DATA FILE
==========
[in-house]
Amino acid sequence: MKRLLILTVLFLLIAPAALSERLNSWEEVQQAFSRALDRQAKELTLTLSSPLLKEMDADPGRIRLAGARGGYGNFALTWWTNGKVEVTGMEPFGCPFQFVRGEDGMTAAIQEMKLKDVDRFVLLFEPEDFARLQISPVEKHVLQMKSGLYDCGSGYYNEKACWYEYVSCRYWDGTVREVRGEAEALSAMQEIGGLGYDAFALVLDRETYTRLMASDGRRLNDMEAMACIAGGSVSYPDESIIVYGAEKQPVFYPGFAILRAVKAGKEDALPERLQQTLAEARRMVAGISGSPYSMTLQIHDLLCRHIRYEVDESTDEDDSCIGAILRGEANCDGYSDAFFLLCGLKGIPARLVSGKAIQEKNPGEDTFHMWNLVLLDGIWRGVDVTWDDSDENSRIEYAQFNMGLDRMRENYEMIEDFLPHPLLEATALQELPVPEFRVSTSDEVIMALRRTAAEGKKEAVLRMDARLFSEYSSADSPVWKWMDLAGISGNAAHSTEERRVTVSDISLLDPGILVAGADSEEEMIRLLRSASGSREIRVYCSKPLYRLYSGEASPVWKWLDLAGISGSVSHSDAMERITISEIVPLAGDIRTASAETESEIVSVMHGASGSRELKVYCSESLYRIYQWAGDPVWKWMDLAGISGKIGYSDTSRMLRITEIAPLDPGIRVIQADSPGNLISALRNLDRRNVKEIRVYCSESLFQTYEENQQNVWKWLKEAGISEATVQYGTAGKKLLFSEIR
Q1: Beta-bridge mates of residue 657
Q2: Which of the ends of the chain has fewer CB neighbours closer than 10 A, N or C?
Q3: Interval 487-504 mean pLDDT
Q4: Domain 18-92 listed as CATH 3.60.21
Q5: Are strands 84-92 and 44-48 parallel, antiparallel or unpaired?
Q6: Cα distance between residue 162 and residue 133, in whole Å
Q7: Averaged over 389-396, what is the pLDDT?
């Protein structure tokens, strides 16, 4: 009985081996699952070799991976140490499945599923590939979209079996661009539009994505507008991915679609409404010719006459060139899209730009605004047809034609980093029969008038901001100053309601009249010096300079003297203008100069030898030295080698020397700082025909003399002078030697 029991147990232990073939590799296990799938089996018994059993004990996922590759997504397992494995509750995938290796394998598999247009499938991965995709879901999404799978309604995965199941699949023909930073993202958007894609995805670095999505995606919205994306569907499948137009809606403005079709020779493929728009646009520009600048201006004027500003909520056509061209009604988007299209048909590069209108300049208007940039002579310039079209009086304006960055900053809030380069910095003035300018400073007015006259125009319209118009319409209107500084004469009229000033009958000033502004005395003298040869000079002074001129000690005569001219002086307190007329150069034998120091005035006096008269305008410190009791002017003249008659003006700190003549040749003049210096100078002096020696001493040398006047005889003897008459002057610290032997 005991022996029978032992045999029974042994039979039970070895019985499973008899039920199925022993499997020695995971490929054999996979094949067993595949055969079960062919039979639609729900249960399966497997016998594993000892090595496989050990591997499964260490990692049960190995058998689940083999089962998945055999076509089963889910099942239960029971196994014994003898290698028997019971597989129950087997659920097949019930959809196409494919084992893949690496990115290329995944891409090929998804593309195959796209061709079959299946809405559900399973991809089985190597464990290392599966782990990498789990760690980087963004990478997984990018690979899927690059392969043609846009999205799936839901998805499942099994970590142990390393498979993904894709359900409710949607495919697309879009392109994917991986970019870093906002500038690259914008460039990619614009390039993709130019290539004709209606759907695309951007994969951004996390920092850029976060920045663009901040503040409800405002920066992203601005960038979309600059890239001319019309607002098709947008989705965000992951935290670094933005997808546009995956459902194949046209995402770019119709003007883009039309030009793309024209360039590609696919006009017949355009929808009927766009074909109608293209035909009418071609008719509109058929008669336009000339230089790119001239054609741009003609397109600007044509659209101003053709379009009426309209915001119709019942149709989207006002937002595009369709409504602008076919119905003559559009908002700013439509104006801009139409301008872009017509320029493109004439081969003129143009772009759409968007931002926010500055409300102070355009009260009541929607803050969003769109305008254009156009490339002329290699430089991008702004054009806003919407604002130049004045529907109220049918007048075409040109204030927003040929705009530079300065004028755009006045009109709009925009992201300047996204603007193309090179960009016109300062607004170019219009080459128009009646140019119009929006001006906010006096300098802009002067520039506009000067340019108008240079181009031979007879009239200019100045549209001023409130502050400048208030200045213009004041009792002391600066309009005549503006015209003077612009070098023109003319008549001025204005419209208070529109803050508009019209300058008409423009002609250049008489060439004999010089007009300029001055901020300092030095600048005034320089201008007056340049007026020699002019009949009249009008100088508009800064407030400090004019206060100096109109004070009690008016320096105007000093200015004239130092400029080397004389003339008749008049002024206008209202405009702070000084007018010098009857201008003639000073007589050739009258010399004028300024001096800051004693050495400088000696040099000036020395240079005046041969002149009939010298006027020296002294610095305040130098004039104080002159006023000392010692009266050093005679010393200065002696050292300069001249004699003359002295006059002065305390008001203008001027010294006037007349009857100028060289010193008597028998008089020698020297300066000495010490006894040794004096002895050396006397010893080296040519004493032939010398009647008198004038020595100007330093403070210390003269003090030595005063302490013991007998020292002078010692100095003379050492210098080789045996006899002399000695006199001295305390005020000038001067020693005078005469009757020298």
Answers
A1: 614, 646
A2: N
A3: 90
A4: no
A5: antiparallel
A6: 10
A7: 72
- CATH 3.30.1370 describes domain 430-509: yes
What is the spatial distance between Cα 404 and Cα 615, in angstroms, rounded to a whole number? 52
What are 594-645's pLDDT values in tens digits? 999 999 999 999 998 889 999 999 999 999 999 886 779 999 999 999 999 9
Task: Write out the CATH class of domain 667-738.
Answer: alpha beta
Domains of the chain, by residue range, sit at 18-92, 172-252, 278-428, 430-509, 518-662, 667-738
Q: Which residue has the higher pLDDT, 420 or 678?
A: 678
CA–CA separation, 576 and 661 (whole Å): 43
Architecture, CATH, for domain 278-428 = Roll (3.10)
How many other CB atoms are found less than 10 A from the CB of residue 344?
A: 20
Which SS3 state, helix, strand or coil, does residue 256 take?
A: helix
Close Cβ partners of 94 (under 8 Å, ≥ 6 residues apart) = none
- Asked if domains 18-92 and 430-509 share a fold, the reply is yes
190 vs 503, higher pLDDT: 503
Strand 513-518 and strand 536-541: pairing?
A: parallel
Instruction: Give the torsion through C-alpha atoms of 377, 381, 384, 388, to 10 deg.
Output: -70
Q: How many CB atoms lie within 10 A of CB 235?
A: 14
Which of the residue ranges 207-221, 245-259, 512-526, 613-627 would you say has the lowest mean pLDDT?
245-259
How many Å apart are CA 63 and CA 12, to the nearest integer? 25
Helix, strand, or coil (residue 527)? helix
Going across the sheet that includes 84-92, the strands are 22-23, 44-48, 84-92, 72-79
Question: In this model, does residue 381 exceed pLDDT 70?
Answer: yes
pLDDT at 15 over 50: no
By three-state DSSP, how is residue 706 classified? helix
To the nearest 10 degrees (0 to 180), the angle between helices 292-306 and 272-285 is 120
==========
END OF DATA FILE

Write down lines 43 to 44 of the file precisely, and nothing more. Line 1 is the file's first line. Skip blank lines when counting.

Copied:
245-259
How many Å apart are CA 63 and CA 12, to the nearest integer? 25